Speaking during the Xbox One Spring Showcase event last Thursday, Microsoft’s Phil Spencer indicated that the future strategy for the Xbox brand could include incremental console hardware upgrades rather than replacement by next-generation machines.
“You’ll actually see us come out with new hardware capability during a generation,” said Spencer.
The chief of all things Xbox spoke of Microsoft’s aligning its development strategies for Windows 10 and Xbox One under the banner of “Universal Windows Platform.” He’s talked before about cross-play, cross-buy and cross-save features, and it’s long been apparent than the operating systems for Windows PCs and Xbox Ones are growing increasingly alike. On this occasion, though, he also intimated a similar approach to hardware upgrades.
“We see on other platforms whether it be mobile or PC that you get a continuous innovation that you rarely see on console,” he said. “Consoles lock the hardware and the software platforms together at the beginning of the generation. Then you ride the generation out for seven or so years, while other ecosystems are getting better, faster, stronger. And then you wait for the next big step function.”
Spencer foresees that changing, with more hardware innovations coming than ever before. He explained that the aforementioned mid-generation hardware advances will allow “the same games to run backward and forward compatible because we have a Universal Windows Application running on top of the Universal Windows Platform that allows us to focus more and more on hardware innovation without invalidating the games that run on that platform.”
Continuing, he spoke of how PC gamers can play all the latest and most graphically advanced games on the same system that still runs ’90s classics. Given how wildly popular Xbox One’s Xbox 360 backwards compatibility feature has been with gamers, it’s a safe bet that this is something that would excite console gamers.
Polygon caught up with Spencer later in the day and pressed him on the specifics of his plan for what sounds like either a modular Xbox platform or one that Microsoft will constantly upgrade through new retail SKUs with more powerful hardware. Unsurprisingly, he was unwilling to “announce our road map for hardware.”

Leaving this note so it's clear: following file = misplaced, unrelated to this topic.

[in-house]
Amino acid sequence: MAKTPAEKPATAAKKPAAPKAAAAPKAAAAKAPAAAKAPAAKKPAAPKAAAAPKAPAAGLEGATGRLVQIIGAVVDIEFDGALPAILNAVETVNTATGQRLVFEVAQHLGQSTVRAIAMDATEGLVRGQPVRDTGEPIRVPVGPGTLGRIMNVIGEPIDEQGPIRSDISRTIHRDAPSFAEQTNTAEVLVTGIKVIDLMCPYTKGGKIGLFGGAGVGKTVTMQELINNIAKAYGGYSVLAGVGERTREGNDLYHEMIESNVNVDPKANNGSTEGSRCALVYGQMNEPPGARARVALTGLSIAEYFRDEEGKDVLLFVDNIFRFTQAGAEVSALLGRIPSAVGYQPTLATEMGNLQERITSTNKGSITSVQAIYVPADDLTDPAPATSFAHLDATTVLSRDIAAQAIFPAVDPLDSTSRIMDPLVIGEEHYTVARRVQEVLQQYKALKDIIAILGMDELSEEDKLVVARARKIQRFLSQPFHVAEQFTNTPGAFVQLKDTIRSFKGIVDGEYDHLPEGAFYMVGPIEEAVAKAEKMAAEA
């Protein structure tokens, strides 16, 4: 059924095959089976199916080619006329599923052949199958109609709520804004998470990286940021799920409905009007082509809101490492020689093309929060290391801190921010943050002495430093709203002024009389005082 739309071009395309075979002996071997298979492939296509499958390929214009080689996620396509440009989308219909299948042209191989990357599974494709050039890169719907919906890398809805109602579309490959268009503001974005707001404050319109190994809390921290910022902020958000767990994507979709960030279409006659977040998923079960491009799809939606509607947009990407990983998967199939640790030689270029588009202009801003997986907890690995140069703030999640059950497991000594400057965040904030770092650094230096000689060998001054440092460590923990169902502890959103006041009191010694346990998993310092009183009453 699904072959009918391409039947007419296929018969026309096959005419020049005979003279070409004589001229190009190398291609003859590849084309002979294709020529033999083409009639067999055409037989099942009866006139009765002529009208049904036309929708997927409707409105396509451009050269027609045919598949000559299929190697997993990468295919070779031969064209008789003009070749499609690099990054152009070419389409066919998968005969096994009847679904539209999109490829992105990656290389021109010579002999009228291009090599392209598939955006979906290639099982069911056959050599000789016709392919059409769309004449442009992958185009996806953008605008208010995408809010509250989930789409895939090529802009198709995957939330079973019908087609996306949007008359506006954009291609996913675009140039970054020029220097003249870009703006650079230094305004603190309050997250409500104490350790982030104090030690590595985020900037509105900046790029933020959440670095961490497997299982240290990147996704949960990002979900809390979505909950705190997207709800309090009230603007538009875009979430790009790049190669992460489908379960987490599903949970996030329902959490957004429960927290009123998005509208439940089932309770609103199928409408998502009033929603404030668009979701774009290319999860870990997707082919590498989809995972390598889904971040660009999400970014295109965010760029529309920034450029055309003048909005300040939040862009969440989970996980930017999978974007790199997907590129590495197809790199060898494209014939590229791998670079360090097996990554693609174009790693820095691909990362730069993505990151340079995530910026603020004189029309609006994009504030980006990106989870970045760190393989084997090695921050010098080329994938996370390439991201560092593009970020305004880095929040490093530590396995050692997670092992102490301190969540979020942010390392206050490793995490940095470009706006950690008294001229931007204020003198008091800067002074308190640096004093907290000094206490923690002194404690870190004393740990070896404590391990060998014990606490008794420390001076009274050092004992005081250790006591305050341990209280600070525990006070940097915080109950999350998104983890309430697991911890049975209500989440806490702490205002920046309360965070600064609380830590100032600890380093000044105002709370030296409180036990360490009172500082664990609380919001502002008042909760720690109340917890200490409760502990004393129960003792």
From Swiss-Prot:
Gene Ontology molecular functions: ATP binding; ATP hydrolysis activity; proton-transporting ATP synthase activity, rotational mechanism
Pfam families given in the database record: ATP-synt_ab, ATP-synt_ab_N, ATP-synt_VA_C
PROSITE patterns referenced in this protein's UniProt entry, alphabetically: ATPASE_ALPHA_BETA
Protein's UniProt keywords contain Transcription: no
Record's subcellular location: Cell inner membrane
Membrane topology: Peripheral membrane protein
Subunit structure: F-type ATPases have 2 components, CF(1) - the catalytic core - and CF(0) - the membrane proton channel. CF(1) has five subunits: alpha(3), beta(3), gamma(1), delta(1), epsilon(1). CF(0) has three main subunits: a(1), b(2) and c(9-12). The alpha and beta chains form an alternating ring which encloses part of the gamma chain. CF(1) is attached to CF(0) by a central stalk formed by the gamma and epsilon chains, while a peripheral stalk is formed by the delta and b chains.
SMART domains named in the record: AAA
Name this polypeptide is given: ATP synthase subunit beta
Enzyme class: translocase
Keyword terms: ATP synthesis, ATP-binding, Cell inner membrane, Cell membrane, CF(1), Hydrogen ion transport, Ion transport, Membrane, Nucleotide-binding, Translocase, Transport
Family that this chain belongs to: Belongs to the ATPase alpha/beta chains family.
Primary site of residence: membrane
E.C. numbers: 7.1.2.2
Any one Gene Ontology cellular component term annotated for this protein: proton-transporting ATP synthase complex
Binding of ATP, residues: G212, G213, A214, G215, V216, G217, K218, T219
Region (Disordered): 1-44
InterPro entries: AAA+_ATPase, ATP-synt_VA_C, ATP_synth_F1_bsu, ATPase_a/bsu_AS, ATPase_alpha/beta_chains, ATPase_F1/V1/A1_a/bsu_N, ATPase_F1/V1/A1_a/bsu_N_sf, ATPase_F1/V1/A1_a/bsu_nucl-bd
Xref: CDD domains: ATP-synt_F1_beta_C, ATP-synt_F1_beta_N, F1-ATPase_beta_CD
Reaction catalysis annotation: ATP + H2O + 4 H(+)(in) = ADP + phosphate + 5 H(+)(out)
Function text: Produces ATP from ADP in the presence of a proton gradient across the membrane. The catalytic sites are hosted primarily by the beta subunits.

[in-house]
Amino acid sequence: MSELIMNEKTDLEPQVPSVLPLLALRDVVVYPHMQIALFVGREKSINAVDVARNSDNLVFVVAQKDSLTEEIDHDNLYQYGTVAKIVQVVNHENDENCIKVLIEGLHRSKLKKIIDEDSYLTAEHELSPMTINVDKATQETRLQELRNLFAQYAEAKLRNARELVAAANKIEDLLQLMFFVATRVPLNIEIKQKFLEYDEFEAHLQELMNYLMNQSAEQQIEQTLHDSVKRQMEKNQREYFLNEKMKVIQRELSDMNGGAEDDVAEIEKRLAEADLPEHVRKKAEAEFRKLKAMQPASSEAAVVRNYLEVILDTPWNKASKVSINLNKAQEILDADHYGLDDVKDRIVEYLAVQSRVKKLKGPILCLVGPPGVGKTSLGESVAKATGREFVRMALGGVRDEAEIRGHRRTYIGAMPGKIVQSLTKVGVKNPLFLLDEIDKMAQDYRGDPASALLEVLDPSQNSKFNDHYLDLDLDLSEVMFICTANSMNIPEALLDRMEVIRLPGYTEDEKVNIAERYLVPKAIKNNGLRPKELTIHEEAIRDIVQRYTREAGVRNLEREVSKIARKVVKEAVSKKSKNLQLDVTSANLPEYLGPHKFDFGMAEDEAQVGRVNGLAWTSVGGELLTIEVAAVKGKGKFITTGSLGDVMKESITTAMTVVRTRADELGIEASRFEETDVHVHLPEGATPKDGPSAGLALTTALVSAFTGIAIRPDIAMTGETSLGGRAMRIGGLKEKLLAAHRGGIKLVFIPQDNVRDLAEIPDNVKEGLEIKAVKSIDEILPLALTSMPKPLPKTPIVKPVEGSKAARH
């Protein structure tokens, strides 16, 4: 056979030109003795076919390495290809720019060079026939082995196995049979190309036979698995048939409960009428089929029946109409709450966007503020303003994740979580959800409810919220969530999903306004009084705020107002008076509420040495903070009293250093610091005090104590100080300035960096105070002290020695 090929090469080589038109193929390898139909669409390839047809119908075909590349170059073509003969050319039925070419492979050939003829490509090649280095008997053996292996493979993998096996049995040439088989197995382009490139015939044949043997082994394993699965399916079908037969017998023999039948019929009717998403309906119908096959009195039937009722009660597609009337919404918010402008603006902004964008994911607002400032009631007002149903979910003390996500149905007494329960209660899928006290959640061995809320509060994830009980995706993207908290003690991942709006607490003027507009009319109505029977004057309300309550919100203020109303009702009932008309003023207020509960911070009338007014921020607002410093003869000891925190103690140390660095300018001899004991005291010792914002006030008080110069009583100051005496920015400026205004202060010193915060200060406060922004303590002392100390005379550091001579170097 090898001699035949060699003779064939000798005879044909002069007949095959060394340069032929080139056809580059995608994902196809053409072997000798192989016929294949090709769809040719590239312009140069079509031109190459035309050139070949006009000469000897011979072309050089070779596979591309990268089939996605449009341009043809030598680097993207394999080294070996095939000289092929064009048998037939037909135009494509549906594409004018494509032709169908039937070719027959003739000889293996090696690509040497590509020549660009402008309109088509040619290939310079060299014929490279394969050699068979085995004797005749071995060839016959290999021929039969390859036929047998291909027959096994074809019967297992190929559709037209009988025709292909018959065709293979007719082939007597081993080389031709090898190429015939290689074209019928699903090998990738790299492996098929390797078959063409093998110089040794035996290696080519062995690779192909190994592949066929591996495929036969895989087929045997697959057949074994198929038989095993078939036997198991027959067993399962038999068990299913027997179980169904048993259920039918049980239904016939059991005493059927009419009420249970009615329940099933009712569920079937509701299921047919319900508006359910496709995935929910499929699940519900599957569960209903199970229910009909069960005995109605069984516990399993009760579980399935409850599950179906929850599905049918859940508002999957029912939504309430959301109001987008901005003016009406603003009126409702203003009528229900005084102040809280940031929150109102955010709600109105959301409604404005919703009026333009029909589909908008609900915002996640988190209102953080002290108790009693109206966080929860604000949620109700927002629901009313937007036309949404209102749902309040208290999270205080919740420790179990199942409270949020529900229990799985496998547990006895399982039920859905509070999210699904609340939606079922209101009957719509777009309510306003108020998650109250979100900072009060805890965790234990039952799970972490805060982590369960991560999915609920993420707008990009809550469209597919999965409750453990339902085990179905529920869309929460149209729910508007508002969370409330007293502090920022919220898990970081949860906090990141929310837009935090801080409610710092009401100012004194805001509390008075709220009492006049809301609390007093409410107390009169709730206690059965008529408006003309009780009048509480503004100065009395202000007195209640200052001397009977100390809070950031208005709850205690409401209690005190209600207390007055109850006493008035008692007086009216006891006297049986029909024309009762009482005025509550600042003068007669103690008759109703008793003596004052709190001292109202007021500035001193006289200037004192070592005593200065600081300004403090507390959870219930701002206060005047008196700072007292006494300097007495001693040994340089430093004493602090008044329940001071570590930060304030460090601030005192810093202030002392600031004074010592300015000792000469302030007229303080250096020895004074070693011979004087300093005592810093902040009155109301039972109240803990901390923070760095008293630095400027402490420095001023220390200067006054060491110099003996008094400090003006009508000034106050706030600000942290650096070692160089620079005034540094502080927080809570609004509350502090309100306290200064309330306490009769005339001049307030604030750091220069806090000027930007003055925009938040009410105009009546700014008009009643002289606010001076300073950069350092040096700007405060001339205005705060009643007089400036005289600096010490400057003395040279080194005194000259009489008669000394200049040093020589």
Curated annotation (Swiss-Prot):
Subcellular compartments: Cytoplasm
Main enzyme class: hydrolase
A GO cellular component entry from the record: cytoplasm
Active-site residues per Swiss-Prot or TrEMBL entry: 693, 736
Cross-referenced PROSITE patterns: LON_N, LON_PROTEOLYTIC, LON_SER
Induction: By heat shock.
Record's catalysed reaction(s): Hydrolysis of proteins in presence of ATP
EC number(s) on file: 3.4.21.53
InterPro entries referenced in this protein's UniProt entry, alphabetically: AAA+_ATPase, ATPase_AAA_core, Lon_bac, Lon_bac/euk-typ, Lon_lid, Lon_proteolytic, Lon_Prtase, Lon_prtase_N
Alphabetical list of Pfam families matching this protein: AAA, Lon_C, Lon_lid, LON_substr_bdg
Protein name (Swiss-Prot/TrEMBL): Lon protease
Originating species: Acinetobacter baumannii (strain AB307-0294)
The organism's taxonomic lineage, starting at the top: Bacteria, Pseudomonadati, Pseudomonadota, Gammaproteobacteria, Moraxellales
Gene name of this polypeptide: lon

He did, however, speak in more generalities about how PC and mobile “have a very continuous evolution cycle in hardware, whereas between console generations most of the evolution is making it cheaper and potentially making it smaller.
“Both are meaningful but don’t make the games play any better. If you look at PC specifically and see the evolution that happens there, there’s no reason why consoles can’t ride that same curve.
“I look at the ecosystem that a console sits in and I think that it should have the capability of more iteration on hardware capability. Sony is doing this with VR and adding VR capabilities mid-cycle to the PlayStation 4 and they are doing that by adding another box. I don’t mean that as a negative. But it’s not changing what the core console is about.”
Spencer still believes consoles offer “the best price to performance deal,” he concedes that consoles are no longer “way ahead of the price performance curve” at launch compared to what’s available on PC. Still, he says Microsoft is more committed than ever to the console market. His comments speak directly to gamers who were upset when it was recently revealed that the previously Xbox exclusive Quantum Break would release simultaneously on PC.
Correction: Our original headline read “Xbox One,” not simply “Xbox.” XBLA Fans regrets the error.